The annual ECF Finance CouncilECF Finance CouncilECF Finance Council, and associated BCF Council, meetings will take place on Saturday 22nd April in Birmingham. I invite your comments on any of the agenda items.
The ECF Finance Council Agenda is somewhat limited, but nonetheless meaty, consisting of just 3 substantive items. These are a proposal to abolish Game Fee, the budget for 2017 / 18 and possible voting reform. The first two are, to some extent, inter-related.
Taking each in turn:-
1. Abolition of Game Fee ( http://www.englishchess.org.uk/wp-content/uploads/2010/01/Abolition-of-Game-Fee-Final-1.pdf and http://www.englishchess.org.uk/wp-content/uploads/2010/01/C26.6.1-Proposed-Bye-Law-No.-2.pdf ).
When the Membership Scheme was introduced a few years ago a Game Fee fall back option was retained. It was said that this was intended to be a temporary situation whilst we all got used to the Membership option, and the fee was set at a level that was intended to act as an incentive for most people to become Members. Currently, the Game Fee is set at £2.50 per adult standard game or £1.25 per adult rapid game. Corresponding amounts of 60p and 30p apply in exclusively junior events. There have been 2 main criticisms of this system. From the ECF’s standpoint, it is labour intensive to identify and collect what are often quite trivial amounts. From a club’s standpoint, even at the relatively low value of £2.50, it has been seen as a disincentive for newcomers to get a taste of competitive chess playing. The gist of the new proposal is to allow someone to play up to 3 games in any League or internal club competition without being an ECF Member, or facing a Game Fee, but then to hit any League / club in which they play 4 or more games with the rather heftier fee of £25 (adult) or £12 (junior) for each player playing 4 or more games without becoming a Member. (This would be applied separately for each League / club, so if someone played in more that one League / club, they could play up to 3 times in each without incurring a charge.) So, still a carrot and stick approach, but I think it would be a beneficial change in minimising workload for the ECF and giving some freedom for new or occasional players to play a few competitive games without immediately being hit by an ECF charge – albeit a rather big hit after 3 games for any still averse to carrots. It is expected that the new charging system would be fiscally neutral compared to the current system. So-called “Pay-to-Play” fees in a congress where someone lacked the appropriate level of ECF Membership would still apply. The concept of “Deemed Game Fee” will continue to exist to determine Council voting rights – pending any changes from the voting reform proposals.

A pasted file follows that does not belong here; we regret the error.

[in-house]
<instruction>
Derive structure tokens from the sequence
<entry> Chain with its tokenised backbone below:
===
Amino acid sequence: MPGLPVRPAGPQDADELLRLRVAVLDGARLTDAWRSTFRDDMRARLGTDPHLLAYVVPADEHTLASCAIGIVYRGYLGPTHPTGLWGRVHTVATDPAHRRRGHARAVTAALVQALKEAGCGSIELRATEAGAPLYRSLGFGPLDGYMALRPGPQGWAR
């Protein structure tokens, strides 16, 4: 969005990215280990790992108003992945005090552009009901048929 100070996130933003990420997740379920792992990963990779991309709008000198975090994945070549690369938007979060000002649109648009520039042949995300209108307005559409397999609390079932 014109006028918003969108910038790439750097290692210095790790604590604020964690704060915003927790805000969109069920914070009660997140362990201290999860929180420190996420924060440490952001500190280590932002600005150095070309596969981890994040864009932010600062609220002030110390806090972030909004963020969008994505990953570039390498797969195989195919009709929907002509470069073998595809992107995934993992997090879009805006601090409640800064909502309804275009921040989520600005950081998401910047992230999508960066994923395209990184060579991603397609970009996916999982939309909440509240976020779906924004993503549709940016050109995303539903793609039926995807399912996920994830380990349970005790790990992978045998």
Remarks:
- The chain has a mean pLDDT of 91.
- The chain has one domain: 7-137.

2. Budget for 2017 / 18 ( http://www.englishchess.org.uk/wp-content/uploads/2010/01/C26.7.1-ECF-Finances-April-2017.pdf and http://www.englishchess.org.uk/wp-content/uploads/2010/01/C26.7.2-Detailed-Forecast-and-2017-18-Budget.xls )
A lot of work has been going on behind the scenes to recover from the loss of John Philpott on the eve of last autumn’s AGM. The bookkeeping function has been outsourced and the accounts are being computerised. This is still a work-in-progress, but amongst the benefits it should facilitate the regular production of management accounts – the lack of which has been something that the ECF has reasonably been criticised for up till now.